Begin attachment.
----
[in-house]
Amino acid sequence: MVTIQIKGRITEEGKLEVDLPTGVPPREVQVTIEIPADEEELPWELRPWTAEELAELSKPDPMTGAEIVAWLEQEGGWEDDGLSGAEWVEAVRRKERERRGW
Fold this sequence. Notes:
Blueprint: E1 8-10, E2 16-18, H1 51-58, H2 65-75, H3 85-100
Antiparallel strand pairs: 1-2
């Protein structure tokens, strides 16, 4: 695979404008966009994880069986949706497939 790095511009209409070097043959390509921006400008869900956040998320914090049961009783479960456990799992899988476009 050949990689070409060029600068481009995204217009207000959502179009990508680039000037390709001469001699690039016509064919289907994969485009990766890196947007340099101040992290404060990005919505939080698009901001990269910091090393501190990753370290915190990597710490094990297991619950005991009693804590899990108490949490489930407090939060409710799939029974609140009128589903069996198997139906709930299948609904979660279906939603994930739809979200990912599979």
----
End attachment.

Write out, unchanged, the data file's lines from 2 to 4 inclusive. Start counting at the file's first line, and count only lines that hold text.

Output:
Amino acid sequence: MVTIQIKGRITEEGKLEVDLPTGVPPREVQVTIEIPADEEELPWELRPWTAEELAELSKPDPMTGAEIVAWLEQEGGWEDDGLSGAEWVEAVRRKERERRGW
Fold this sequence. Notes:
Blueprint: E1 8-10, E2 16-18, H1 51-58, H2 65-75, H3 85-100